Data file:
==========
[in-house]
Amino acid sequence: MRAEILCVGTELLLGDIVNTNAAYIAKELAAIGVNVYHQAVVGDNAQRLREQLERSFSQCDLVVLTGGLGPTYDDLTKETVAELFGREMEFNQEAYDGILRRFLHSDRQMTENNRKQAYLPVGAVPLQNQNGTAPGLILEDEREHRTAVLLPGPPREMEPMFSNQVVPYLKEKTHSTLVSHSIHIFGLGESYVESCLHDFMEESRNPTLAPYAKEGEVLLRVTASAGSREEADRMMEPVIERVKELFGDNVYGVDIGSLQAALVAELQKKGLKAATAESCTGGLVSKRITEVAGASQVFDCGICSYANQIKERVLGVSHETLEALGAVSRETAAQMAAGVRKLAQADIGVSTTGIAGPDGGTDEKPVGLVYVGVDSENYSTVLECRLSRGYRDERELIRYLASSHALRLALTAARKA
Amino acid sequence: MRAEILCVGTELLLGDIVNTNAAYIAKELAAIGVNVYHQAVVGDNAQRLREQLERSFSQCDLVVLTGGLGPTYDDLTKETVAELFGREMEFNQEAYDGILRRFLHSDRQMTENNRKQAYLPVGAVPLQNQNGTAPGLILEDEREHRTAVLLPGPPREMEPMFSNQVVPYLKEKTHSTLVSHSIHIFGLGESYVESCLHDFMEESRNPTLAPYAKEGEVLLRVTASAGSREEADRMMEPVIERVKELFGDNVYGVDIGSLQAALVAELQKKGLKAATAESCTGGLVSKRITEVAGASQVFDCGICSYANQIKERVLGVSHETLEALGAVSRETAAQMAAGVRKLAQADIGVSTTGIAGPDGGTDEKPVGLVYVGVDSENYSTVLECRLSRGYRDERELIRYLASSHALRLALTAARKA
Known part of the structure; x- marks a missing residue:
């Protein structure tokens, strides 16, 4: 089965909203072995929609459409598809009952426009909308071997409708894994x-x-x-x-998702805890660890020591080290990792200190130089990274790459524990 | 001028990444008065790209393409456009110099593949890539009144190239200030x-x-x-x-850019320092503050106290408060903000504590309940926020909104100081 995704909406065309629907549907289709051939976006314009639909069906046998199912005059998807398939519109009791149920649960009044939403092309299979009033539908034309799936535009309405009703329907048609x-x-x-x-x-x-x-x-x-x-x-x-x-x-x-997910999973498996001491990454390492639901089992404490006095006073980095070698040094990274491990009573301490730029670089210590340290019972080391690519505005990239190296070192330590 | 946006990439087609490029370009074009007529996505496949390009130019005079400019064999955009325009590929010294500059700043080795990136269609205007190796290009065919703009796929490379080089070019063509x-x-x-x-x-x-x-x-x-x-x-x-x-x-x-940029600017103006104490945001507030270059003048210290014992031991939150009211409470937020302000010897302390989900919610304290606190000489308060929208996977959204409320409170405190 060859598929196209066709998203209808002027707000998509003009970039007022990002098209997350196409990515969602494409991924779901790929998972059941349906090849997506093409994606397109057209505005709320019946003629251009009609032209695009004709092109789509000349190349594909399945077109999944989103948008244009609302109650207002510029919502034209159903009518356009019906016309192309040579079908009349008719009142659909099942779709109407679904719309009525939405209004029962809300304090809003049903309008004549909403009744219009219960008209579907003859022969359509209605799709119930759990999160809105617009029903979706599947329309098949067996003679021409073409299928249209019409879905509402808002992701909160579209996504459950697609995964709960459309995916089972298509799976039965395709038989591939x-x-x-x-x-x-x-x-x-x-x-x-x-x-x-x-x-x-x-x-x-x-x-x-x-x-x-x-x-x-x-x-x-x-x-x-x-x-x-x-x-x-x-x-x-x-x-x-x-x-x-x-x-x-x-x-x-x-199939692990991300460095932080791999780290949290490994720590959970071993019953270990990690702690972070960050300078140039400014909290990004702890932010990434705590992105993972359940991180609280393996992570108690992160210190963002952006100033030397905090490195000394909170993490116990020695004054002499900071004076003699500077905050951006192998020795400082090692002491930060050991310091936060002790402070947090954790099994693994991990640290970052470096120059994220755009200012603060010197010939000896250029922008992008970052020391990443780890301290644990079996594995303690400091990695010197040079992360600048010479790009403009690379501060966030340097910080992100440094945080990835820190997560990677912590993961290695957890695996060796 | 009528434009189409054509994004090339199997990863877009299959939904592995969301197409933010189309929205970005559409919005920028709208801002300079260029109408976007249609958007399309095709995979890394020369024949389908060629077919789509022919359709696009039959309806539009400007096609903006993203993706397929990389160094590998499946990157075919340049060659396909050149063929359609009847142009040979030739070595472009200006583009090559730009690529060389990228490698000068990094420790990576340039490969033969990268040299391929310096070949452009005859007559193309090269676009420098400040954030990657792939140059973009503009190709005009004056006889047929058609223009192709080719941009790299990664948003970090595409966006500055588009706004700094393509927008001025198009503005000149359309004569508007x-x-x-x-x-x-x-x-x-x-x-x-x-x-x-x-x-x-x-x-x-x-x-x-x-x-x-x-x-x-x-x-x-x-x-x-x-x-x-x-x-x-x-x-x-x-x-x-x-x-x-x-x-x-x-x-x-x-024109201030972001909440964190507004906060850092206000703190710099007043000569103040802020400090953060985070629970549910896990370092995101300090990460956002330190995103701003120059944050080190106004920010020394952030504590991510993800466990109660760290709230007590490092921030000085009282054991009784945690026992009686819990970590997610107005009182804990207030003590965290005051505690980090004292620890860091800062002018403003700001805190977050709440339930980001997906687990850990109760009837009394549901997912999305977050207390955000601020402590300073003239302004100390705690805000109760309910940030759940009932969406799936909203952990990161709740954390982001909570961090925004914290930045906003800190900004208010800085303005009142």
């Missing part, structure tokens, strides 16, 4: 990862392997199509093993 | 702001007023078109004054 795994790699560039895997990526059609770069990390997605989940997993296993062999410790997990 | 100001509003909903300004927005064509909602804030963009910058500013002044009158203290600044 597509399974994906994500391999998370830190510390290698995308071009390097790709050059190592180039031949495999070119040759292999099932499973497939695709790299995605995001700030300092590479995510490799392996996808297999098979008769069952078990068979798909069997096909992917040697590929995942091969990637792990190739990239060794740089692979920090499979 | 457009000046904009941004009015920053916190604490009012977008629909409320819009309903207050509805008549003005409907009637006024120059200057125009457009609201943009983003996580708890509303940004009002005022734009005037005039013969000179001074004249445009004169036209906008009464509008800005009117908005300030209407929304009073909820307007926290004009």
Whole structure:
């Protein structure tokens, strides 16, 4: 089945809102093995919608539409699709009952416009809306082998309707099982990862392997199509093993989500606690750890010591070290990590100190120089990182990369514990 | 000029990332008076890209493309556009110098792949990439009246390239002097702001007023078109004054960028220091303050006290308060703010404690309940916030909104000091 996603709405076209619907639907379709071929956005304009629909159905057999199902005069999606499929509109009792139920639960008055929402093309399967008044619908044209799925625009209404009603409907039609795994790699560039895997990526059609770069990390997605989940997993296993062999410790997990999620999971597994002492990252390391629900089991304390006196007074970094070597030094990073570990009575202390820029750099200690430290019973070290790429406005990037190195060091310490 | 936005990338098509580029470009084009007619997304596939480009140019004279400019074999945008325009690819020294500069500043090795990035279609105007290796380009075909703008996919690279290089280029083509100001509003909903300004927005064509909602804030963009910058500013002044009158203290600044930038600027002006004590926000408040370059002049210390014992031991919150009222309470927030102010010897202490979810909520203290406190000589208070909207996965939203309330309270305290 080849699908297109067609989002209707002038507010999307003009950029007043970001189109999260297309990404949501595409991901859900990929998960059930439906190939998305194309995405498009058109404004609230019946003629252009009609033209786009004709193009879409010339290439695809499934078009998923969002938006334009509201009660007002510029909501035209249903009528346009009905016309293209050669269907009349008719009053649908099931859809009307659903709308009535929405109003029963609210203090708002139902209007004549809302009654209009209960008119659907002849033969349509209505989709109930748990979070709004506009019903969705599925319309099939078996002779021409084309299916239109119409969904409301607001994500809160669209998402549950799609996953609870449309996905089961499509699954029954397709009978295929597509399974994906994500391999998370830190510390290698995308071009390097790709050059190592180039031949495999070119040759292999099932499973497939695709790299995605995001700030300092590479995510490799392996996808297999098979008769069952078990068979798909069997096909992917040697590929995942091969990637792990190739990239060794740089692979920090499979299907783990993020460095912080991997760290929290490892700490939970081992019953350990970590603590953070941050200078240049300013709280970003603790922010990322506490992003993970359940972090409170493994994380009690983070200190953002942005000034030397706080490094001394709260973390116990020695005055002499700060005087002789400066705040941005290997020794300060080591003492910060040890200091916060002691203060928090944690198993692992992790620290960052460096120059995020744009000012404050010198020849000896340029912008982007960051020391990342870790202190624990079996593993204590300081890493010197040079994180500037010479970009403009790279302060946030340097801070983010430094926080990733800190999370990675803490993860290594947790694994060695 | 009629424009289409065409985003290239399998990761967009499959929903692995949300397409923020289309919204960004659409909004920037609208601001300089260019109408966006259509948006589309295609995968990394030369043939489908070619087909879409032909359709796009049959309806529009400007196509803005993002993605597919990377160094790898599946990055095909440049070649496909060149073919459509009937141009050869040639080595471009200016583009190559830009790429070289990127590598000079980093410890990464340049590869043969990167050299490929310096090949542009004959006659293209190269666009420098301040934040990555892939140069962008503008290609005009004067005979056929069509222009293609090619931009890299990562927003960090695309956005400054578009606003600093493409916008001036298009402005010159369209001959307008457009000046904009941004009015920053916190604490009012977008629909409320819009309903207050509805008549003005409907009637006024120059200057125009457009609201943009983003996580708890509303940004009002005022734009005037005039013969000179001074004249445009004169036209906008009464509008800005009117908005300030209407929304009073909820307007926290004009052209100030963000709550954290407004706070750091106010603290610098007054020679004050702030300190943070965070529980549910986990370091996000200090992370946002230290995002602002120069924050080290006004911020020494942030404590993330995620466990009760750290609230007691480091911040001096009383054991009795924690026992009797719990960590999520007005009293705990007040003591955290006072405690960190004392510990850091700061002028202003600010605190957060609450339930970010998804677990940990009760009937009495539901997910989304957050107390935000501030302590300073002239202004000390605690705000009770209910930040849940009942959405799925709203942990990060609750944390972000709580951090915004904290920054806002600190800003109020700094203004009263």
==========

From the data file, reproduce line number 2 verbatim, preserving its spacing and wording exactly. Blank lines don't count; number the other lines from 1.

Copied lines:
Amino acid sequence: MRAEILCVGTELLLGDIVNTNAAYIAKELAAIGVNVYHQAVVGDNAQRLREQLERSFSQCDLVVLTGGLGPTYDDLTKETVAELFGREMEFNQEAYDGILRRFLHSDRQMTENNRKQAYLPVGAVPLQNQNGTAPGLILEDEREHRTAVLLPGPPREMEPMFSNQVVPYLKEKTHSTLVSHSIHIFGLGESYVESCLHDFMEESRNPTLAPYAKEGEVLLRVTASAGSREEADRMMEPVIERVKELFGDNVYGVDIGSLQAALVAELQKKGLKAATAESCTGGLVSKRITEVAGASQVFDCGICSYANQIKERVLGVSHETLEALGAVSRETAAQMAAGVRKLAQADIGVSTTGIAGPDGGTDEKPVGLVYVGVDSENYSTVLECRLSRGYRDERELIRYLASSHALRLALTAARKA